home business tax deductions
Owners of home-based businesses can take advantage of a slew of tax deductions that will help them reduce their taxable income and save on income taxes. The home office deduction is a tax break, especially for home-based businesses. Other deductions are similar to those that other small businesses get to take. Making full use of tax deductions can help improve the after-tax profitability of home-based businesses and solidify your financial position. To get help with your home-based business taxes and other financial matters, consider talking to a financial advisor.
Deduction for Using Your Home as an Office
Deductions help reduce the taxable income reported by individuals and businesses and can reduce the taxes they owe as well. The home office deduction is unique to home-based businesses. Employees who use part of their home to work remotely for an employer can’t claim it. Businesses that aren’t home-based also don’t qualify. Not all home-based businesses have deductible home offices either. However, those that do can look forward to a potentially significant break at tax time.
The first requirement for a home office deduction is that the space for the office is set aside for exclusive use for the business. A room used part of the time as an office and part of the time as a spare bedroom doesn’t qualify.
The second requirement is that the office is the principal place of business. This excludes small business owners who have another office or other place of business outside the home where they do most of the work of running the business. If you frequently work outside the home visiting clients, however, you could still qualify for this deduction as long as you don’t have another office.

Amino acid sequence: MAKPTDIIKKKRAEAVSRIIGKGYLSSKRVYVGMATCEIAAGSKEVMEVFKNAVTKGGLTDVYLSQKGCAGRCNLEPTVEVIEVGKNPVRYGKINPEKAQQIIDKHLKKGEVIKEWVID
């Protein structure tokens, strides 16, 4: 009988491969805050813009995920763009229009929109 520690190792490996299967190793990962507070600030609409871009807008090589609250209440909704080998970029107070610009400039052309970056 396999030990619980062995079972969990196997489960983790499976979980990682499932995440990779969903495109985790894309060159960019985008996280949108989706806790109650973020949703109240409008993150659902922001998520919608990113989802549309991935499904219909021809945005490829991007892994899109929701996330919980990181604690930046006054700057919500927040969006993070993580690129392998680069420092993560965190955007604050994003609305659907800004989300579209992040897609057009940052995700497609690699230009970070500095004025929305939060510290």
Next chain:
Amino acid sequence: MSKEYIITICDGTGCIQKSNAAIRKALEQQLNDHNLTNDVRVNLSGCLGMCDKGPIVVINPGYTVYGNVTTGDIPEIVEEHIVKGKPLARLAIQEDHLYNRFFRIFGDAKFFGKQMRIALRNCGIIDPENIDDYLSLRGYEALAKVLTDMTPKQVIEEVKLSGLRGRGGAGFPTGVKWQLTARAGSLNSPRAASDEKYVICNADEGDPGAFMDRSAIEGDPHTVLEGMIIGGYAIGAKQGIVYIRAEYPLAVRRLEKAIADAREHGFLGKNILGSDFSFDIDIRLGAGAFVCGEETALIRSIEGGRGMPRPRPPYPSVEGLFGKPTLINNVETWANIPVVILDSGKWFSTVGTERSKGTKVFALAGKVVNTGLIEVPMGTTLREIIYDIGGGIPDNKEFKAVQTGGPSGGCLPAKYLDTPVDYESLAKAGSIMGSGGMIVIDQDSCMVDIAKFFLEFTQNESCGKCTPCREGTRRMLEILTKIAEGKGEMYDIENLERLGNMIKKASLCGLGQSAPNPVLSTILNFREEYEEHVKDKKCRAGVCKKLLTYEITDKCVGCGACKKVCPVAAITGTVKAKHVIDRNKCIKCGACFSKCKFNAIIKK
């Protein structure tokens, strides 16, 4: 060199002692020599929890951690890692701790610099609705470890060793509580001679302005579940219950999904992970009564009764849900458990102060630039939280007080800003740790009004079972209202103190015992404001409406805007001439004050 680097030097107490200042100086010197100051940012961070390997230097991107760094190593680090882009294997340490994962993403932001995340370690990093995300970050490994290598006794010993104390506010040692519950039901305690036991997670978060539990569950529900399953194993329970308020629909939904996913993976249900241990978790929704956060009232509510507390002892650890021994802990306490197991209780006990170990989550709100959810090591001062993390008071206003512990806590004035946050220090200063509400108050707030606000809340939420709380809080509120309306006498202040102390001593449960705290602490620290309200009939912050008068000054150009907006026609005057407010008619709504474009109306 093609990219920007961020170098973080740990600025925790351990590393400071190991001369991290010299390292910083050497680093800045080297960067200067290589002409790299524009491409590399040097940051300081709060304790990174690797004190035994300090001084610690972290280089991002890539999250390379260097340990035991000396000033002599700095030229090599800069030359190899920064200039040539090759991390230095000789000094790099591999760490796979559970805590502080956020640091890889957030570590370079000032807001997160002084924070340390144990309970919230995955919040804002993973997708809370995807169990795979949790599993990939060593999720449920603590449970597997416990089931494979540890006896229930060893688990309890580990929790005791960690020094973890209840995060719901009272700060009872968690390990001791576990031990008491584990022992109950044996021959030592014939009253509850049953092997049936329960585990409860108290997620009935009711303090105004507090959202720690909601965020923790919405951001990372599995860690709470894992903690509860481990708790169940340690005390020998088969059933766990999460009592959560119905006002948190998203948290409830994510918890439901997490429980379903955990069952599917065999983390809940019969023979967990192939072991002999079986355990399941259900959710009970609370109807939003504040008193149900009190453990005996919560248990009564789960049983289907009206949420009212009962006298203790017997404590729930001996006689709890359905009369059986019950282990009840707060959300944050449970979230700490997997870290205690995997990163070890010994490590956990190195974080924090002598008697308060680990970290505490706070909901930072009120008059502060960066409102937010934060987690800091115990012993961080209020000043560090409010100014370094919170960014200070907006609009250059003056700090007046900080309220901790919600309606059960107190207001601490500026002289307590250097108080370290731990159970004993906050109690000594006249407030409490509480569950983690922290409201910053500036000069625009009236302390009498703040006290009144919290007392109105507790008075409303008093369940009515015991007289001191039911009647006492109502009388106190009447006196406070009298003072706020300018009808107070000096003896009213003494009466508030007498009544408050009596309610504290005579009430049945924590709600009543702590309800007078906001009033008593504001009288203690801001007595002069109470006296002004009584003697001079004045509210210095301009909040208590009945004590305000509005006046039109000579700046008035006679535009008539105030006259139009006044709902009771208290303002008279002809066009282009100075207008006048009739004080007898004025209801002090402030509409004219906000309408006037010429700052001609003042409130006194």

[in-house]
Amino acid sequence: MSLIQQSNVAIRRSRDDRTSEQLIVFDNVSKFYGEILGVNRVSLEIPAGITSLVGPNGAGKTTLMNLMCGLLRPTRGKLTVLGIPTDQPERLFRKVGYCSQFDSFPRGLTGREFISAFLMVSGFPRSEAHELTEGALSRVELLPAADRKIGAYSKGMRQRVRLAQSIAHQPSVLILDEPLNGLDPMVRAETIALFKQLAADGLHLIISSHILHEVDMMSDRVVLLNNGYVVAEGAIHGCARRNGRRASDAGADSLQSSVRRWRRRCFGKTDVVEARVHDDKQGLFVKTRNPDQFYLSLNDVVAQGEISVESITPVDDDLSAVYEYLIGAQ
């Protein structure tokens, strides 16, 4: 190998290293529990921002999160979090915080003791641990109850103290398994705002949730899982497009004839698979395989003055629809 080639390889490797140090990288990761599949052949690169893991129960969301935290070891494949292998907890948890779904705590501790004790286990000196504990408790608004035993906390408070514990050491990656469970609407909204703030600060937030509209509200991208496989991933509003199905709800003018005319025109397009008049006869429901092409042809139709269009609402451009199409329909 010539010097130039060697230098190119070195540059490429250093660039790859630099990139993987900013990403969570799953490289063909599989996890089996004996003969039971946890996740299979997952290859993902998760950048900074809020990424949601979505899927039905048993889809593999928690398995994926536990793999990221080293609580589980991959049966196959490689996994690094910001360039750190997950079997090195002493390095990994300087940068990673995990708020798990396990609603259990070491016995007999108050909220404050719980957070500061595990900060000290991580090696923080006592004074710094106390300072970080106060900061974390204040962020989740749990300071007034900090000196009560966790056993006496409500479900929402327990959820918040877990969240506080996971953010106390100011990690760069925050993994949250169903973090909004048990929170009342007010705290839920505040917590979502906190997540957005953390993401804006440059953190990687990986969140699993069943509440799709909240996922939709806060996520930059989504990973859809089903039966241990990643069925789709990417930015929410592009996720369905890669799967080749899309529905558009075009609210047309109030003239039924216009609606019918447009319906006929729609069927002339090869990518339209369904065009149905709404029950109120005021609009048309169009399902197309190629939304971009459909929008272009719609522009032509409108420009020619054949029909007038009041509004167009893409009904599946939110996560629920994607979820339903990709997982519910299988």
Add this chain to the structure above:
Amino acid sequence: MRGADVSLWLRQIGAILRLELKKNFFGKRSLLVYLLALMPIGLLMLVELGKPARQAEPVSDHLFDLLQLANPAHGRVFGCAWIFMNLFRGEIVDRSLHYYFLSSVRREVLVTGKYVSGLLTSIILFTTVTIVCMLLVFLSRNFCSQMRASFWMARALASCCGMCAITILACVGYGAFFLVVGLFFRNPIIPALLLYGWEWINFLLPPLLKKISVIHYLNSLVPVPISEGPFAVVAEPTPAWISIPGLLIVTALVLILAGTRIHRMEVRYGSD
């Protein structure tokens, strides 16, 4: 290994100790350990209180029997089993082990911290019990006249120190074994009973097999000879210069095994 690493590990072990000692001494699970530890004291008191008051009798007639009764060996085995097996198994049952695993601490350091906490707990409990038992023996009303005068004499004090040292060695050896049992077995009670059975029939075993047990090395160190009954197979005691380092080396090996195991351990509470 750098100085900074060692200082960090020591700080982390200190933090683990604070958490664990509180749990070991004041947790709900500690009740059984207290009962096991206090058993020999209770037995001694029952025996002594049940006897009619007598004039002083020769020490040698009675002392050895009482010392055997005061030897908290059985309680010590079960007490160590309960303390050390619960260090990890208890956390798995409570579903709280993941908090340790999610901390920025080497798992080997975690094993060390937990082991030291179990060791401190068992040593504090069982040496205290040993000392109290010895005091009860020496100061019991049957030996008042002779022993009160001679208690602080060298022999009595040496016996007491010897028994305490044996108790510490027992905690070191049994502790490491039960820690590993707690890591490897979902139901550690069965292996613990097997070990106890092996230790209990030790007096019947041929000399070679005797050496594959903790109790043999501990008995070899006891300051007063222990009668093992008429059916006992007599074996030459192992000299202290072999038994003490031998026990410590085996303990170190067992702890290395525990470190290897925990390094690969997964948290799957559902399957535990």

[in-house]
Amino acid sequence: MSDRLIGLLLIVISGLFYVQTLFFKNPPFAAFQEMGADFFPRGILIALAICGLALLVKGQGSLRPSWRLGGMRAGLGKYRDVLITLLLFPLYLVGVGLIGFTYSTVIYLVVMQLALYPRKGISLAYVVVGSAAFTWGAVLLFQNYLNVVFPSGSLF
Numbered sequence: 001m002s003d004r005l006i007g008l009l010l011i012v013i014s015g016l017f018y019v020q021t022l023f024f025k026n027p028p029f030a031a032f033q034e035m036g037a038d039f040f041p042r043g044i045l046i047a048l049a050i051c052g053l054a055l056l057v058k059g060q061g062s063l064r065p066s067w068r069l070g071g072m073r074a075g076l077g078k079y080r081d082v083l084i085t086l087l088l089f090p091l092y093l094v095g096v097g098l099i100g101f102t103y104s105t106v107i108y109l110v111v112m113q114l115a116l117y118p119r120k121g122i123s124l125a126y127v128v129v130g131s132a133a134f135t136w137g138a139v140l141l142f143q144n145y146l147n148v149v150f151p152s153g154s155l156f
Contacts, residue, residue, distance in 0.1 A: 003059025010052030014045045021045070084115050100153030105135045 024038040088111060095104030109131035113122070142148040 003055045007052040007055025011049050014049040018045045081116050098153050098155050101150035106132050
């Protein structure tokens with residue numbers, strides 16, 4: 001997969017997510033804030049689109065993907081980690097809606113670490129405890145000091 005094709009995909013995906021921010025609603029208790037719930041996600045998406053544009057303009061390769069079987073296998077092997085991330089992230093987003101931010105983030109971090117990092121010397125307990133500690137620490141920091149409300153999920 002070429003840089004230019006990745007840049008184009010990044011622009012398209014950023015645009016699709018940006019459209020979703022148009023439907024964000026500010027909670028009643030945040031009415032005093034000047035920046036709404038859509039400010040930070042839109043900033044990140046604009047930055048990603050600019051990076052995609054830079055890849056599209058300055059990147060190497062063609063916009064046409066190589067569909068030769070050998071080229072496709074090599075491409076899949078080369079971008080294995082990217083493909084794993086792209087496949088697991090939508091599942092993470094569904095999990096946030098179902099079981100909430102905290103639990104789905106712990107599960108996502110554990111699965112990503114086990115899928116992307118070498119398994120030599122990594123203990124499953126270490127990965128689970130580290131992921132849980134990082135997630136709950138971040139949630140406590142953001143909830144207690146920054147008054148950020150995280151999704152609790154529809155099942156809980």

Home Office Expense Deductions
home business tax deductions
If you have expenses used only for your home office space, you can deduct those. For instance, if you pay an electrician to rewire a broken light fixture, you can subtract the bill from taxable business income for that year. If you do a major renovation or improvement, however, you will likely have to depreciate it and claim the deduction in small amounts over a number of years rather than all at once.
You can also deduct a portion of the repairs and ongoing operating expenses incurred by the entire house. The IRS permits two ways to figure the amount you can deduct. Both techniques are based on the size of the home office, so you’ll need to measure its dimensions and calculate square footage.
To use the direct method, you multiply the size of the office in square feet by $5. If you have a 250 s.f. office, your deduction would be $1,250.
The indirect method allocations a portion of the actual expenses incurred by the whole house to the home office. These expenses may include repairs, depreciation, homeowner’s insurance, utilities, telephone and Internet service, cleaning and the like
To use the indirect method, add up all your household expenses and multiply by the percentage of the house taken up by the office. If your office is 250 s.f. and the house is 2,000 s.f., the office takes up 12.5% of the house. If household expenses come to $8,000, multiply that by 12.5% to get $1,000. That, plus any …….